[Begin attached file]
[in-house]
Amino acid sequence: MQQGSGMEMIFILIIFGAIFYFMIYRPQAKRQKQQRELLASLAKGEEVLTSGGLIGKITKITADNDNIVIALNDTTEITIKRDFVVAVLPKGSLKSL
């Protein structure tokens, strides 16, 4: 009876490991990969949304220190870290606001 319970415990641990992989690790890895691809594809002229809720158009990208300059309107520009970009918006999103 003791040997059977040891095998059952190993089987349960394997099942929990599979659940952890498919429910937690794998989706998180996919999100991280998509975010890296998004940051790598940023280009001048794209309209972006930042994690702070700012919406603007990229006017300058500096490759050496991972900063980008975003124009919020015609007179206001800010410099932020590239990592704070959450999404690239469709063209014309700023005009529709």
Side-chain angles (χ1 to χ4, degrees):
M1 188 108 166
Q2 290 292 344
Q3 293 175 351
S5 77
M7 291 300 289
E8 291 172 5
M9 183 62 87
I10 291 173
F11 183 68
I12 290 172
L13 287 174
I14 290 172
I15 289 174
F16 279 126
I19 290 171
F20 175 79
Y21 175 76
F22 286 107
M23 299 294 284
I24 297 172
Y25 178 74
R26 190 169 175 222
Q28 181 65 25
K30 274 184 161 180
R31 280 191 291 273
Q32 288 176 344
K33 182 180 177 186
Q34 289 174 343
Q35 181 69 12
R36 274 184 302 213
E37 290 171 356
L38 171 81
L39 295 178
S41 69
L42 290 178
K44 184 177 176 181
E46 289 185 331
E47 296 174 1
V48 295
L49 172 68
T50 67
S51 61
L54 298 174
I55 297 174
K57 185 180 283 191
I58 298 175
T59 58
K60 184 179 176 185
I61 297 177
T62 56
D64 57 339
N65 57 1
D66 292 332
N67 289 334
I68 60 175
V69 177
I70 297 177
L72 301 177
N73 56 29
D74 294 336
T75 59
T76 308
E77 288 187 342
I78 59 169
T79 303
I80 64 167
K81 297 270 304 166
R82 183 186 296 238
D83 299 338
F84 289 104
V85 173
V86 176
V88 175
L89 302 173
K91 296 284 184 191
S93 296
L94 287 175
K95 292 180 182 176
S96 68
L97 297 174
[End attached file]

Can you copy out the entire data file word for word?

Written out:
[in-house]
Amino acid sequence: MQQGSGMEMIFILIIFGAIFYFMIYRPQAKRQKQQRELLASLAKGEEVLTSGGLIGKITKITADNDNIVIALNDTTEITIKRDFVVAVLPKGSLKSL
């Protein structure tokens, strides 16, 4: 009876490991990969949304220190870290606001 319970415990641990992989690790890895691809594809002229809720158009990208300059309107520009970009918006999103 003791040997059977040891095998059952190993089987349960394997099942929990599979659940952890498919429910937690794998989706998180996919999100991280998509975010890296998004940051790598940023280009001048794209309209972006930042994690702070700012919406603007990229006017300058500096490759050496991972900063980008975003124009919020015609007179206001800010410099932020590239990592704070959450999404690239469709063209014309700023005009529709």
Side-chain angles (χ1 to χ4, degrees):
M1 188 108 166
Q2 290 292 344
Q3 293 175 351
S5 77
M7 291 300 289
E8 291 172 5
M9 183 62 87
I10 291 173
F11 183 68
I12 290 172
L13 287 174
I14 290 172
I15 289 174
F16 279 126
I19 290 171
F20 175 79
Y21 175 76
F22 286 107
M23 299 294 284
I24 297 172
Y25 178 74
R26 190 169 175 222
Q28 181 65 25
K30 274 184 161 180
R31 280 191 291 273
Q32 288 176 344
K33 182 180 177 186
Q34 289 174 343
Q35 181 69 12
R36 274 184 302 213
E37 290 171 356
L38 171 81
L39 295 178
S41 69
L42 290 178
K44 184 177 176 181
E46 289 185 331
E47 296 174 1
V48 295
L49 172 68
T50 67
S51 61
L54 298 174
I55 297 174
K57 185 180 283 191
I58 298 175
T59 58
K60 184 179 176 185
I61 297 177
T62 56
D64 57 339
N65 57 1
D66 292 332
N67 289 334
I68 60 175
V69 177
I70 297 177
L72 301 177
N73 56 29
D74 294 336
T75 59
T76 308
E77 288 187 342
I78 59 169
T79 303
I80 64 167
K81 297 270 304 166
R82 183 186 296 238
D83 299 338
F84 289 104
V85 173
V86 176
V88 175
L89 302 173
K91 296 284 184 191
S93 296
L94 287 175
K95 292 180 182 176
S96 68
L97 297 174